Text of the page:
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Dr. Afshin Safavi
Posted by Dr. Afshin Safavi BioAgilytix Insight, Biomarkers

The Challenges of Standardizing Commercial Kits for Biomarker Quantification in Drug Development: Part 1

The Challenges of Standardizing Commercial Kits for Biomarker Quantification in Drug Development: Part 1

Commercial immunoassay kits are an increasingly popular solution for pharmaceutical and biotechnology companies to expedite the drug development process during the discovery, preclinical and clinical study phases, and to rein in growing drug development costs in their organization. However, issues can arise when working with commercial immunoassay kits, because the way in which kit manufacturing companies characterize, describe, and market their kits is not standardized, and this can sometimes negatively impact the quality of the data produced. I believe that as an industry, we need to move towards a more systematic approach for the assessment, method adaptation, evaluation, and validation of commercial immunoassay kits for quantification of biomarkers in drug development. The end goal would be to specifically define these methods to standardize and harmonize as much as possible user practices, allowing scientists across the industry and around the world to better contribute to reliable biomarker data.

Addressing Drug Development Challenges with Biomarkers
The pharmaceutical and biotechnology industries are faced with various challenges in developing new and innovative medical products, including increased drug development costs, decreasing rate of drug approvals by the FDA, and on top of all that, the need to contend with the societal pressure to reduce healthcare costs that has come with healthcare reform legislation. In response, the FDA launched the Critical Path Initiative (CPI) with the goal to “stimulate and facilitate a national effort to modernize and streamline the scientific process through which a potential human drug or biological product is transformed from discovery or ‘proof of concept’ into an approved medical product.”

Part of streamlining the drug development process includes the use of biomarkers to combat the realities that the industry is facing. Biomarker data have been used to make decisions to improve safety and efficacy of potential drugs, as well as to guide decision making for personalized medicine throughout the drug development process. The potential benefits that biomarkers have to offer in this space have resulted in increased industry buy-in, but all of these potential decisions based on biomarker data can only be made with confidence when the quality of the data is consistently excellent. This is where harmonized practices become vital in producing high-quality data.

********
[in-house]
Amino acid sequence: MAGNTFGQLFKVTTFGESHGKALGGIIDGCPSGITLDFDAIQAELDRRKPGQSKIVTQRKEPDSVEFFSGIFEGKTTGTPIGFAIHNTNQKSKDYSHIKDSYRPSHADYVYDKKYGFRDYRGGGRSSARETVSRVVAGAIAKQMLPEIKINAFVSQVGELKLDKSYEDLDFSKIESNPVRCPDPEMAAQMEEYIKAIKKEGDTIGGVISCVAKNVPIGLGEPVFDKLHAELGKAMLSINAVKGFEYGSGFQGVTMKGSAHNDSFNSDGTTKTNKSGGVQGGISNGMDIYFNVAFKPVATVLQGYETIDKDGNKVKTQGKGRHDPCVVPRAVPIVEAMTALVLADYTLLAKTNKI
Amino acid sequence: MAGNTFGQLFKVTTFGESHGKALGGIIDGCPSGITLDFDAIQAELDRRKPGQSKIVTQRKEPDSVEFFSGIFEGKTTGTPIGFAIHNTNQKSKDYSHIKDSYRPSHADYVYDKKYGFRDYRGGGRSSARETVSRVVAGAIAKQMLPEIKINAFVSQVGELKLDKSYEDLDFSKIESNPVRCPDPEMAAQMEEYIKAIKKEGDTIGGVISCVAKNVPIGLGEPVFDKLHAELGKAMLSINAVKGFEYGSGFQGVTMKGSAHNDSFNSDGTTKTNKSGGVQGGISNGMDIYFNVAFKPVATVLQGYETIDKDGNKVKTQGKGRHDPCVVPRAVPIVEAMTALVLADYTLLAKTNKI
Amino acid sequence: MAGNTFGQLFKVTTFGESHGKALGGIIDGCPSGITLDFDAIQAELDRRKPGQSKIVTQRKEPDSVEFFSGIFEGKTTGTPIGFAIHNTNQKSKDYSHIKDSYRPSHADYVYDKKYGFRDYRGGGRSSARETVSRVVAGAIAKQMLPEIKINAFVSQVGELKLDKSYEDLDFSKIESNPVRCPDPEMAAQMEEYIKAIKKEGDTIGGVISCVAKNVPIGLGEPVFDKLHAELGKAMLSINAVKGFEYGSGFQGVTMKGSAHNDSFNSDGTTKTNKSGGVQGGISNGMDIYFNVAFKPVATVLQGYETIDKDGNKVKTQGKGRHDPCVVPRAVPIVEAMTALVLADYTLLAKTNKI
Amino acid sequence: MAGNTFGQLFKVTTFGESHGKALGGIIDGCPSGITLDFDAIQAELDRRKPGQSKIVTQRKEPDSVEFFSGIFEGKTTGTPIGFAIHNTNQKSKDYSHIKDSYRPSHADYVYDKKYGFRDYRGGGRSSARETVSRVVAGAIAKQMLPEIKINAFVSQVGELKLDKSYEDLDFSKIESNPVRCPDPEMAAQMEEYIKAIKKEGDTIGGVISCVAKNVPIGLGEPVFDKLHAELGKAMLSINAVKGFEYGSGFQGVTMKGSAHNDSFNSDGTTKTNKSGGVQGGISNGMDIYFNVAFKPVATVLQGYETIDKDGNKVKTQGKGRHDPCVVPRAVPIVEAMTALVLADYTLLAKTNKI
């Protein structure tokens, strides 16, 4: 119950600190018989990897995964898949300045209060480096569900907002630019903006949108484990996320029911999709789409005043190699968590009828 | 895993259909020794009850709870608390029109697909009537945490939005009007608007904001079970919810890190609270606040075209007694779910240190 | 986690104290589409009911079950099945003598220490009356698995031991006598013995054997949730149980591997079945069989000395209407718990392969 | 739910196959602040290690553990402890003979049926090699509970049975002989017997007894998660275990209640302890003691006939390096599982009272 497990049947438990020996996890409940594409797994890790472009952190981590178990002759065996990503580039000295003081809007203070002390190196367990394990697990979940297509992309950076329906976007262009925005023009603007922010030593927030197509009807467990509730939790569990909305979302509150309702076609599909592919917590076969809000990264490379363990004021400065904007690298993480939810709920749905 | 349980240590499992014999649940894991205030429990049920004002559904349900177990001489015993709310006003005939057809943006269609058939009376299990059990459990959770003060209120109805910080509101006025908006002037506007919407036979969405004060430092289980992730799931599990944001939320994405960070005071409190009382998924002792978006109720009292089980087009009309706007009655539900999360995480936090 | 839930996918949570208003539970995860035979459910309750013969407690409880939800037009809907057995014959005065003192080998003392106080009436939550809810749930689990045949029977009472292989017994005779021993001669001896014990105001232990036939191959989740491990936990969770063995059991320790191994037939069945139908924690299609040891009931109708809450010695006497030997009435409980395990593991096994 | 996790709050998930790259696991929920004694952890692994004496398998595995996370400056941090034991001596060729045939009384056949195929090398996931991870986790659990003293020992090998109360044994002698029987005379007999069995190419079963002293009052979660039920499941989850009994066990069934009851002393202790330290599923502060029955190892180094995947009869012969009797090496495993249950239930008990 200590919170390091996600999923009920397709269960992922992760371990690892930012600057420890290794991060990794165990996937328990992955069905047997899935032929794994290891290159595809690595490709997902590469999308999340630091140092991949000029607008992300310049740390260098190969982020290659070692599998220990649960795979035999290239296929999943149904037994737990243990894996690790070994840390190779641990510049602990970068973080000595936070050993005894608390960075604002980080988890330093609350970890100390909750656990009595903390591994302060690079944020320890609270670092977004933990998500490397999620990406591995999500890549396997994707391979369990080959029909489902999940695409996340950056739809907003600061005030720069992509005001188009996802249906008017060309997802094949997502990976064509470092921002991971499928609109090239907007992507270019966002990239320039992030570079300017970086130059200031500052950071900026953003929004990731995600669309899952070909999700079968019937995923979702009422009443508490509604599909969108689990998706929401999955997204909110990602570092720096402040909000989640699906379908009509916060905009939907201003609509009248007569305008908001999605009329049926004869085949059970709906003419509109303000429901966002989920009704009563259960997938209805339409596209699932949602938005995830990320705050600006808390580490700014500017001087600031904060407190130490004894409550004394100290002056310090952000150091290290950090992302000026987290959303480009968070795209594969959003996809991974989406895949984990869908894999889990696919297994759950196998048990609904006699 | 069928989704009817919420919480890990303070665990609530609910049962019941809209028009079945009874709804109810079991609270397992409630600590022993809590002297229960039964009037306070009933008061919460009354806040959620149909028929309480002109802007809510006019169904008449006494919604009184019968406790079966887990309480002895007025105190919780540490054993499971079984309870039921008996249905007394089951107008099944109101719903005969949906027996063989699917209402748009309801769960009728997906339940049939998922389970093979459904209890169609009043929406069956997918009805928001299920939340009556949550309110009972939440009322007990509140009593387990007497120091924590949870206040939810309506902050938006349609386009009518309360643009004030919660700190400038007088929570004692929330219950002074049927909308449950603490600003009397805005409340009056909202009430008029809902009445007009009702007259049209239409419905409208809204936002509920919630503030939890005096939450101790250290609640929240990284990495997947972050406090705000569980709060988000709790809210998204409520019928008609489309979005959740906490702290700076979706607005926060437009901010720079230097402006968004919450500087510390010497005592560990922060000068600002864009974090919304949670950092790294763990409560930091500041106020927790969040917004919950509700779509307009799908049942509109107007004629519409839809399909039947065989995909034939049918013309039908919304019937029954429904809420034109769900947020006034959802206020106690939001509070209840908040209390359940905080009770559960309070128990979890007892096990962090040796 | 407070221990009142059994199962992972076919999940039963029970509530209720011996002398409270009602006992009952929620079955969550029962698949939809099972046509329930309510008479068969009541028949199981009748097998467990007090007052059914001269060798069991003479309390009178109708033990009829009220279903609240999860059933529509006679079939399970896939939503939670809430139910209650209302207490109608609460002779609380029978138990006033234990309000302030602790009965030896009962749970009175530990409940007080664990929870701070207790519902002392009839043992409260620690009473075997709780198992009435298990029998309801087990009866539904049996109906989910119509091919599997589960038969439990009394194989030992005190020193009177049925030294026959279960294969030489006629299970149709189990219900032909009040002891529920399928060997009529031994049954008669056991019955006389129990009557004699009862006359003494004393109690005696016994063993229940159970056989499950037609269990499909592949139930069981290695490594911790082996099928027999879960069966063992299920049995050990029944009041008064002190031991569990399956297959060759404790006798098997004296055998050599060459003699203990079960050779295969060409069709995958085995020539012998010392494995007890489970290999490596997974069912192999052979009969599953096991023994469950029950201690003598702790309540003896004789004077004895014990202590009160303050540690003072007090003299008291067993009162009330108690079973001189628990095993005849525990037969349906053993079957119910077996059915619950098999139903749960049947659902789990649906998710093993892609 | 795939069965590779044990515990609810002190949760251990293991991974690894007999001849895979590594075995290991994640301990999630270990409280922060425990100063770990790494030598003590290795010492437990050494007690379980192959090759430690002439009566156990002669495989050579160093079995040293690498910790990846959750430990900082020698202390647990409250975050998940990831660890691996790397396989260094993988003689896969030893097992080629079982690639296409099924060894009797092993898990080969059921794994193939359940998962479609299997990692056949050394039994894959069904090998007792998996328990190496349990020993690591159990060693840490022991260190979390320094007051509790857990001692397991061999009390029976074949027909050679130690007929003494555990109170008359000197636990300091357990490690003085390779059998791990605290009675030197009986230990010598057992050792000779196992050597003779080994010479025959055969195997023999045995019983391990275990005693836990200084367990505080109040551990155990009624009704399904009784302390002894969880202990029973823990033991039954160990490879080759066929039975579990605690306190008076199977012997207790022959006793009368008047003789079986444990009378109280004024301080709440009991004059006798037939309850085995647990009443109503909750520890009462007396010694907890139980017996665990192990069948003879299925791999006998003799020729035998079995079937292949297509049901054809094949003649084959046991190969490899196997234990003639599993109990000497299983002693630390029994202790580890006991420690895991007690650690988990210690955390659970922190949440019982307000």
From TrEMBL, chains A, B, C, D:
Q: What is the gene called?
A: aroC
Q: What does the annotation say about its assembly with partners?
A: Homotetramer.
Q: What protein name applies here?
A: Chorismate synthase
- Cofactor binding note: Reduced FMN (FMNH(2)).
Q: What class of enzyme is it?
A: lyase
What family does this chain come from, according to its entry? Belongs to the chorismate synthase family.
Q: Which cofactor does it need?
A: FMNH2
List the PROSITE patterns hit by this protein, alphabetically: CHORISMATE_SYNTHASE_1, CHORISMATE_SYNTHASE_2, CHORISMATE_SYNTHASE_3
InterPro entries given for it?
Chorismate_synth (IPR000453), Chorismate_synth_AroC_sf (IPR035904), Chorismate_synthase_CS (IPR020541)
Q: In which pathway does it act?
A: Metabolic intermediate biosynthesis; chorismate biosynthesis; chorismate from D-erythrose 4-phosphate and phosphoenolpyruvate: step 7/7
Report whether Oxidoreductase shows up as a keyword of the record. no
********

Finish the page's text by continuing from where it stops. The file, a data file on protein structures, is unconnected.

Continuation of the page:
Why Commercial Kit Usage is On the Rise
Developing novel biomarker assays requires a great deal of time, a high level of expertise, and often comes at an incredibly high expense. These factors have contributed to the growing popularity of commercial immunoassay kits. Commercially available biomarker assay kits are a less resource-intensive alternative to support drug development programs at a lower price point. These kits also offer the benefits of portability, expedited analytical solutions, and in most cases, ease of operation.

However, not all kits are created equal. Remember that commercially available immunoassay kits are generally designed and marketed for broad applications across species, as well as variable matrices, rather than for specific applications in drug development clinical trials. Understanding this reality prompts knowledgeable scientists to specifically evaluate, select, adapt, and validate possible kits for drug development use so that they fit each study’s exact purpose.

This post is just the first in a series where I will discuss how to develop and follow a defined framework that can be used for standardizing the selection and validation process of commercial kit-based assays for your organization. This will involve discussion around defining the different types of immunoassay kits, and how to develop an appropriate method to use them. I will also share my opinions on choosing the appropriate kit and kit vendor. Finally, you’ll learn how to customize your kit through method adaptation and validation.

Check back weekly to learn more about our process recommendations and how they can provide higher quality data to positively impact the development of new, much needed biotherapeutics.

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